There are two kinds of silence on stage. Commanding silence, and embarrassing silence.
I probably don’t even have to explain. You know what I’m talking about, don’t you?
You’ve experienced commanding silence. The singer is in control, but is choosing not to talk or sing. He may or may not make eye contact, but whatever he’s doing, he has authority. If he’s making eye contact, he is doing so with authority, not nervousness. He is savoring the sense of control as he stretching out the time between comments, or between story lines, or between verse lines, or between song sections. As an audience member, you are in the palm of his hand. There may even be music playing… but the singer is choosing not to sing or talk.
You’ve also experienced embarrassing silence. No one on stage knows what to do, especially the singer. It’s the time between songs when the band hasn’t started yet, but the singer has nothing to say… and feels like she should. Or it’s when the singer forgot the lyrics to the next section of the song, the band has dropped down to make room for lyrics, and the singer is flustered. The audience is uncomfortable and wants to escape.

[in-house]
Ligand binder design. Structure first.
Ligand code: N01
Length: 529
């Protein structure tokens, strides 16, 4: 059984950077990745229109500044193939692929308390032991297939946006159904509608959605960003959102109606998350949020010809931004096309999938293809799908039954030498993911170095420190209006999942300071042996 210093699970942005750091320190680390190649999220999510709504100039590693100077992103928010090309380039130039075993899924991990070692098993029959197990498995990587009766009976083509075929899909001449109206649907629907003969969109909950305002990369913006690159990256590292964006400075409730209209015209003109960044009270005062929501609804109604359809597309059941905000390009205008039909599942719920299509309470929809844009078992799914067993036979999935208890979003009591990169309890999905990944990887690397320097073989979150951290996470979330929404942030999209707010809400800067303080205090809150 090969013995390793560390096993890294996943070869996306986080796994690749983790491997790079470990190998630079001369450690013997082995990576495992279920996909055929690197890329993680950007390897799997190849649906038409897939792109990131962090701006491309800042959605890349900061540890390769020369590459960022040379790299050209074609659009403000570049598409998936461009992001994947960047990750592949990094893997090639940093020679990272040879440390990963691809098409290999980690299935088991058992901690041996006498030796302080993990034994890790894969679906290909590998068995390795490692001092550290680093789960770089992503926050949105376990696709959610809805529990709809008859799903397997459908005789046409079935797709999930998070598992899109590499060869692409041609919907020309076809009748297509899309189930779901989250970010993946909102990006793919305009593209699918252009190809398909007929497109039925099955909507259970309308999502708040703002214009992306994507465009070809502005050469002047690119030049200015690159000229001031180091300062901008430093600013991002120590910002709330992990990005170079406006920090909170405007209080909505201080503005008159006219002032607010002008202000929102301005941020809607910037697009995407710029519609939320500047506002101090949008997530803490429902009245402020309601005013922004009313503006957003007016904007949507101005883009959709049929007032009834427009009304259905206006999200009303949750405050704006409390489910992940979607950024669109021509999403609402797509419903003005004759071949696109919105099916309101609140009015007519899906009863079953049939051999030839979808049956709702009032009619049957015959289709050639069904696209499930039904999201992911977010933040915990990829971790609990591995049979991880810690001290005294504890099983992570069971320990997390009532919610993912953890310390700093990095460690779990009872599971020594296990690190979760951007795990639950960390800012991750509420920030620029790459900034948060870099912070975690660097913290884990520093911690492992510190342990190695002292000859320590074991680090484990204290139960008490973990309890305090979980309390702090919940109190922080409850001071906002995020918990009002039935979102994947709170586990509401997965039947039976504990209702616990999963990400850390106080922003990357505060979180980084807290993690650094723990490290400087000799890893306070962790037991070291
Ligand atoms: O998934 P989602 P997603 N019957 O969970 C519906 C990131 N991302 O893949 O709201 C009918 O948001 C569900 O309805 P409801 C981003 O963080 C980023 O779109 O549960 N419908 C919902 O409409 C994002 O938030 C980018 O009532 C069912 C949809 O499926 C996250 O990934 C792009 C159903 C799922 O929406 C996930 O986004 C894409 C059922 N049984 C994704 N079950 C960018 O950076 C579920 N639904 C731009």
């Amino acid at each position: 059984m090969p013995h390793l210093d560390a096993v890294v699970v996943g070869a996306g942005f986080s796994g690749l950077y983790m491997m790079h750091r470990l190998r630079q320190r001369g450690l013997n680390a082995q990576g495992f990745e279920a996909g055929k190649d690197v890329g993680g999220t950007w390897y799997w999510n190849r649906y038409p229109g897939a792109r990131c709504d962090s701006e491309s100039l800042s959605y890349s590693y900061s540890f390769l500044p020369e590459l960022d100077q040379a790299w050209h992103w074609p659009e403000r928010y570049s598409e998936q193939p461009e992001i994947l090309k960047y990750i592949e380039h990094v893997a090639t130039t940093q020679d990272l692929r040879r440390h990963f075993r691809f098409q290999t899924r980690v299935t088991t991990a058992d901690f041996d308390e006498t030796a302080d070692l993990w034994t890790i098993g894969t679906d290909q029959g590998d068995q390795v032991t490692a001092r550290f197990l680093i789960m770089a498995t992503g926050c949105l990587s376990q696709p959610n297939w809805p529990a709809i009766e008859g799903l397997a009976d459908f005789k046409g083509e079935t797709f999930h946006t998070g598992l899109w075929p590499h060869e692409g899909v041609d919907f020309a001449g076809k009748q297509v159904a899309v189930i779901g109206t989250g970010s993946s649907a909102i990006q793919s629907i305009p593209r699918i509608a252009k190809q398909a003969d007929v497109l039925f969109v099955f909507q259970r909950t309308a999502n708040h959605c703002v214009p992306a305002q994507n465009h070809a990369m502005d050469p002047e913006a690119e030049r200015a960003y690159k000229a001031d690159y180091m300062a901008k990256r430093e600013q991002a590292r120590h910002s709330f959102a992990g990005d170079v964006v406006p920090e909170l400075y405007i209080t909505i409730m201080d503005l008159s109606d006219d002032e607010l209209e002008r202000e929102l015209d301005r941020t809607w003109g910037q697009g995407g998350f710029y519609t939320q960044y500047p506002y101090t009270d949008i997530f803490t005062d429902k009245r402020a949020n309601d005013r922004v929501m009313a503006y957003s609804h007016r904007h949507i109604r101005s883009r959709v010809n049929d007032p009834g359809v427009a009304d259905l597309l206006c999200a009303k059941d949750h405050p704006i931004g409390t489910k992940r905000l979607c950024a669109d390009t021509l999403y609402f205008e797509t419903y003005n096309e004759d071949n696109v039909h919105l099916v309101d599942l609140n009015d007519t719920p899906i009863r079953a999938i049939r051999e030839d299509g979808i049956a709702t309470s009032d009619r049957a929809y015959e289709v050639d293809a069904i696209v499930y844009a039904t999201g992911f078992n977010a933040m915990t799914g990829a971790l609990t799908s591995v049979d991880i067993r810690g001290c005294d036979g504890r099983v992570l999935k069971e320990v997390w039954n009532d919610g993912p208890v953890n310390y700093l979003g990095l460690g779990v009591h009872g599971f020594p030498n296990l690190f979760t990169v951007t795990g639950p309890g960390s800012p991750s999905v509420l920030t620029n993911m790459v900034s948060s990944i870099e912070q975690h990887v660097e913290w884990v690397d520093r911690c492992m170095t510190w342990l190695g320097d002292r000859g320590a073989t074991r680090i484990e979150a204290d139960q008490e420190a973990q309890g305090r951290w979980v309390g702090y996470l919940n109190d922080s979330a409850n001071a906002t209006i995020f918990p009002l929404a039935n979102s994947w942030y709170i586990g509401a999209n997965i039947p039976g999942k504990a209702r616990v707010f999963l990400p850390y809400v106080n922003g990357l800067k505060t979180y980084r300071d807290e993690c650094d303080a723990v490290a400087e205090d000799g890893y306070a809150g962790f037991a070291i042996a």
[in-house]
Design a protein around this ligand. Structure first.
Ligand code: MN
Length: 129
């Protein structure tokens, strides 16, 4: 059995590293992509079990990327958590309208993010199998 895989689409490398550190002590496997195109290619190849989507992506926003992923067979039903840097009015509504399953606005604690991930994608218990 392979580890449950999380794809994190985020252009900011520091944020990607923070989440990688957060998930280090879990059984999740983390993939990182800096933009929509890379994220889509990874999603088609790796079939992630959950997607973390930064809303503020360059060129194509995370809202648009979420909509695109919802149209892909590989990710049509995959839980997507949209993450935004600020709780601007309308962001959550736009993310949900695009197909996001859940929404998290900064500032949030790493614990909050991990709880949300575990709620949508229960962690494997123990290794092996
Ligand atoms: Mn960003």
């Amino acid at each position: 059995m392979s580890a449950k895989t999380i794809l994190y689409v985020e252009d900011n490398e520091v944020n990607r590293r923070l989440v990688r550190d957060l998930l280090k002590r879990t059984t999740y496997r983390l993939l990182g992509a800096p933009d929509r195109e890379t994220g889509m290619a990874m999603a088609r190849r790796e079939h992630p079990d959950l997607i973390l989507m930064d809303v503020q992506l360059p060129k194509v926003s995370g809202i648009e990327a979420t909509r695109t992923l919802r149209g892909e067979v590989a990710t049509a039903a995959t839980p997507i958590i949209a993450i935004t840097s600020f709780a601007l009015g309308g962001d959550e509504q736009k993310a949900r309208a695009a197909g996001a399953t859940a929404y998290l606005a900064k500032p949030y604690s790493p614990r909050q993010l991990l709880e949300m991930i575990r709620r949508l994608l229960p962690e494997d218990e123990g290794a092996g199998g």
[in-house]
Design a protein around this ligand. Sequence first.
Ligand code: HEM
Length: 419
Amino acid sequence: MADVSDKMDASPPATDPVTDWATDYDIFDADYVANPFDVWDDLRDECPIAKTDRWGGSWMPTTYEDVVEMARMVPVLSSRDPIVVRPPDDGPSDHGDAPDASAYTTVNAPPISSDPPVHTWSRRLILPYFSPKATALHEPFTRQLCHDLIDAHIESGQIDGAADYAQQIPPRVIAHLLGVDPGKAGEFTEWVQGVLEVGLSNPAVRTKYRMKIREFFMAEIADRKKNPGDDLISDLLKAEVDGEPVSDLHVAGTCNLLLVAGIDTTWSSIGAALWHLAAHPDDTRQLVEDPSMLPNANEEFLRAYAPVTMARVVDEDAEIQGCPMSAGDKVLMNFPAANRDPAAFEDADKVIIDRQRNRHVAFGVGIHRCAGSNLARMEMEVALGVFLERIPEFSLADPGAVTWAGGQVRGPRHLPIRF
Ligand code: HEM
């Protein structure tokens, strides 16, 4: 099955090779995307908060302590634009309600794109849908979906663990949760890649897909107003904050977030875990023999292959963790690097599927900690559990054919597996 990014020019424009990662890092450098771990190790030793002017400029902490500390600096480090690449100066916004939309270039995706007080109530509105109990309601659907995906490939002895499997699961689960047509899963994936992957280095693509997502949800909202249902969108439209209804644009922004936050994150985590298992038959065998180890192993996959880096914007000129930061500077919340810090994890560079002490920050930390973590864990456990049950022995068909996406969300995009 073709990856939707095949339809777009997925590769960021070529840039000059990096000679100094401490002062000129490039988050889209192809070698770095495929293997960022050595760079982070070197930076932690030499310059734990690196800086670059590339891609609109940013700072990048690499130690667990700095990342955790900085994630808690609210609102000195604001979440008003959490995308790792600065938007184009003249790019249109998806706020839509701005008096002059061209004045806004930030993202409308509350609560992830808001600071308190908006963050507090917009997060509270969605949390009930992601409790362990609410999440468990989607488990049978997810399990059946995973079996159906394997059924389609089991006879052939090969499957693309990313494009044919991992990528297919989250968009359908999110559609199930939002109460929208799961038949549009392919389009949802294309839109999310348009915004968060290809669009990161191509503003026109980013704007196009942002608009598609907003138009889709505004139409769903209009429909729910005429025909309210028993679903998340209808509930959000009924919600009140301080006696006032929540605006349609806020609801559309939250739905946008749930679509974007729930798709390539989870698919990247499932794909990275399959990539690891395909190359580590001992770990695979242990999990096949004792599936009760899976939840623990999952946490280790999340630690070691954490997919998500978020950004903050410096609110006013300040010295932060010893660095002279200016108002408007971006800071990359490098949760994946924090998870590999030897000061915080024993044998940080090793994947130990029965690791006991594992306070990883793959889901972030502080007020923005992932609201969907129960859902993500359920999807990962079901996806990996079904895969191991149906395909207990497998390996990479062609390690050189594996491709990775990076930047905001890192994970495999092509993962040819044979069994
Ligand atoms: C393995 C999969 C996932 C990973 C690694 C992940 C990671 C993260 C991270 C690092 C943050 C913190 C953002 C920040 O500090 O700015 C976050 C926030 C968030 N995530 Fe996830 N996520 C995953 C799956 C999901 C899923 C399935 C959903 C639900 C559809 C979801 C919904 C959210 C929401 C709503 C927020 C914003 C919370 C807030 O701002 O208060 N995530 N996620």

As performers, it’s easy to feel like we always have to be “making sound.” But well-chosen silence can make people really pay attention.
The fear of encountering embarrassing silence can hold us back from using commanding silence to improve our shows. But once you get used to it, using commanding silence becomes an almost addictive kind of authority.
Try one or more of the following kinds of commanding silence at your next gig:
– During the intro to a ballad, create space (silence) between lines, by staying out of tempo. Stretch out time, and insert space between lines. In rehearsal or practice, experiment with how much silence is too much. (It’s longer than you think.)
– During the spoken introduction of your band late in your show, where you introduce every band member in detail, use a little bit of space here and there between sentences.
– Whenever you talk to the audience, simply slow down. When nervous, it’s very easy to talk way faster than we think we are. Inserting a couple seconds of silence between phrases and sentences helps set a more authoritative pace.
But don’t try these types of silence:
– At the beginning of your set, get on stage and look out at the audience, but don’t say anything.
– After a song that ends suddenly, stay quiet, waiting until the audience figures out it’s time to clap.
– After a song that gets a lame response from the audience, look over everyone’s heads or at the floor or at the drummer until the next song starts.
(Have something ready to say!)
(c) 2012 Adrienne Osborn